We are all familiar with the digital revolution which has swept across the developed world in recent years.
It has ushered in an age of smartphones, laptop computers and ready access to the internet.
A little over a century ago, a similar explosion took place in the field of information and communication technology.
This revolution was not digital but analogue, and it saw the birth of mass media such as newspapers, cinema and radio. In The Analogue Revolution, Simon Webb examines the impact which developments in printing, photography, wireless telegraphy, gramophones and moving pictures had in the years preceding the First World War and shows how the modern world was shaped by the media used to record it.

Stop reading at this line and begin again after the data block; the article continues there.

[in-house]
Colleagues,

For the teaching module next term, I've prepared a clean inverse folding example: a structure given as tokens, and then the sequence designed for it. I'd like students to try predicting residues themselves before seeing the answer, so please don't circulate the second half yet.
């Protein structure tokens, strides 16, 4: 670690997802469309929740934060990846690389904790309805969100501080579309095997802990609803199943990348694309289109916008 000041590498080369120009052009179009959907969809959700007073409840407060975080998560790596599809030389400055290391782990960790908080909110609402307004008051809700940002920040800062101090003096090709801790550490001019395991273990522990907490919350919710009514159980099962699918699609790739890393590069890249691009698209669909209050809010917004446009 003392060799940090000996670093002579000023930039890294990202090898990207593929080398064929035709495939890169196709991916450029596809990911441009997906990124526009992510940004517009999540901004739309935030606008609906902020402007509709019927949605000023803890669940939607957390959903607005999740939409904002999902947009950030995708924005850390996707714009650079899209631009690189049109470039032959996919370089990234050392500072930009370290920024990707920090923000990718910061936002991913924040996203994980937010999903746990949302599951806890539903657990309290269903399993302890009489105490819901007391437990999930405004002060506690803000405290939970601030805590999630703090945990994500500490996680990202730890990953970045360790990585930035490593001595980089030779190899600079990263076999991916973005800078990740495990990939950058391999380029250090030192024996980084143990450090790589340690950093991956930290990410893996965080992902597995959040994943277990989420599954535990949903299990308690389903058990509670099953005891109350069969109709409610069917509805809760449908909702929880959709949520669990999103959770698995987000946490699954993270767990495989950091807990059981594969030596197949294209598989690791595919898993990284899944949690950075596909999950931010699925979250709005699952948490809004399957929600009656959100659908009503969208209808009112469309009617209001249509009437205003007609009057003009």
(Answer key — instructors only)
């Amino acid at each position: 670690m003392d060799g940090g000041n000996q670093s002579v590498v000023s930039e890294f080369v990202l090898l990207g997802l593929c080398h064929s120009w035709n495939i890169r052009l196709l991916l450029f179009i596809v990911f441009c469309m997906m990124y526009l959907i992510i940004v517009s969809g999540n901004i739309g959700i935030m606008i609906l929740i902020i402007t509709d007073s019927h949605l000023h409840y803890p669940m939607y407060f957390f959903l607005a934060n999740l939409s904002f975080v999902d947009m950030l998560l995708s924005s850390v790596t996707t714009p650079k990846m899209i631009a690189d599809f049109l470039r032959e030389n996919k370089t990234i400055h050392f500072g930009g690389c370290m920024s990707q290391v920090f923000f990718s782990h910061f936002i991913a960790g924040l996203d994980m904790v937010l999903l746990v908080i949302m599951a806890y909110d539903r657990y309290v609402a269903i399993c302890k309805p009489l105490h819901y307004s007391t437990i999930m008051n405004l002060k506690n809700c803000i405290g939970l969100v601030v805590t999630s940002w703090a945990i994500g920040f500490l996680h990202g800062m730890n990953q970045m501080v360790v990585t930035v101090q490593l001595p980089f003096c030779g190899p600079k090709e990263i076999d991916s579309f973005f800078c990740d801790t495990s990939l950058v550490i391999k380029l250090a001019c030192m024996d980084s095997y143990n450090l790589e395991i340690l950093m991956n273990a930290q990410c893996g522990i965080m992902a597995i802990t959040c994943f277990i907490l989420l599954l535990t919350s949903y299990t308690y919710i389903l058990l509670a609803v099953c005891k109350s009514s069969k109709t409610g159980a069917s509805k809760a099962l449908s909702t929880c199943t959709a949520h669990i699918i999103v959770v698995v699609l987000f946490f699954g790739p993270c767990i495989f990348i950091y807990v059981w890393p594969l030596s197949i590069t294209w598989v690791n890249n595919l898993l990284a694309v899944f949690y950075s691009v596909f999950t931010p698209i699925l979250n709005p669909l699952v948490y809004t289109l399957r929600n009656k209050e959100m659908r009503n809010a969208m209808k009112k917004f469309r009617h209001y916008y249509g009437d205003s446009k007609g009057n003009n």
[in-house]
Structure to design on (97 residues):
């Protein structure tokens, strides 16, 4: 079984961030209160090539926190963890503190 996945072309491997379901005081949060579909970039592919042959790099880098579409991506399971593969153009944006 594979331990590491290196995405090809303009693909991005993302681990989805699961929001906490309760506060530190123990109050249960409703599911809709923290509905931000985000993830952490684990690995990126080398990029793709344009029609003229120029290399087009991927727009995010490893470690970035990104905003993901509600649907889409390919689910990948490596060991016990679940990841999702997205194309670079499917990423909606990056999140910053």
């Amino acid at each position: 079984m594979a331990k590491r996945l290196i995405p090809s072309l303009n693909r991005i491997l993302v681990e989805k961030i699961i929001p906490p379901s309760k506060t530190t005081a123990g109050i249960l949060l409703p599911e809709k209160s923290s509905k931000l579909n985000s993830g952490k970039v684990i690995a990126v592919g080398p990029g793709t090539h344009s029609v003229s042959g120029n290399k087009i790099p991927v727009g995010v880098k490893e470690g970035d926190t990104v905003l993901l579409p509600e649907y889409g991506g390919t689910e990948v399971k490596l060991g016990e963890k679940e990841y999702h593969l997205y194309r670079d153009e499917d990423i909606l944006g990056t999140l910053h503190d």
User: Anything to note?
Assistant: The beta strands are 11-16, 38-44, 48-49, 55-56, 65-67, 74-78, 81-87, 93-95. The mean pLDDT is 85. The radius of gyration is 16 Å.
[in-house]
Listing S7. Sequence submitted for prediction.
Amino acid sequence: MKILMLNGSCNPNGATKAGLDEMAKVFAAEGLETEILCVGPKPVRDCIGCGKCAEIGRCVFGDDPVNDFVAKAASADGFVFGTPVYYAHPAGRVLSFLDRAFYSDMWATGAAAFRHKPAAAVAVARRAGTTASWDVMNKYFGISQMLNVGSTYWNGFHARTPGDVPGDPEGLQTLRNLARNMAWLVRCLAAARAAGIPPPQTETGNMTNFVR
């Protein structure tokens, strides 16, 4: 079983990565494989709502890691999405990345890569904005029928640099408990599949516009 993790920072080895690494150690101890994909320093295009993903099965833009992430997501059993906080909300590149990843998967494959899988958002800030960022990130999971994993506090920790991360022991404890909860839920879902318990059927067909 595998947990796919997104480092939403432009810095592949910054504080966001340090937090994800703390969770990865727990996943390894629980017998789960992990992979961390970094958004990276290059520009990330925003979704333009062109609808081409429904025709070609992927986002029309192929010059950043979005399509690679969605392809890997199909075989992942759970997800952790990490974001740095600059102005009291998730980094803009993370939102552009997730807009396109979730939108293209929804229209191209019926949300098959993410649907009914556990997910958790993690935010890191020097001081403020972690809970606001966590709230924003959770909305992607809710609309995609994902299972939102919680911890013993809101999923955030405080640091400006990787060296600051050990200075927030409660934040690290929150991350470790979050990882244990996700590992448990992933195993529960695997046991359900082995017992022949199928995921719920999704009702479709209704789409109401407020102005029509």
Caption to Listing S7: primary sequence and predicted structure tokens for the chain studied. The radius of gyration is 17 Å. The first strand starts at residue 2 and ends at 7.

From the first mass-circulation newspapers to cameras so cheap that everybody could afford them, from early experiments in radio broadcasting to cinema films in colour; The Analogue Revolution charts the history of the first information revolution of the twentieth century.
The parallels with the modern world are uncanny. These range from anxiety about the use of new technology to distribute pornography, to worries about children losing interest in reading because they prefer to watch films.
For anybody wishing to understand the modern world, this book is an essential primer in the nature of information revolutions and the way in which they affect the world.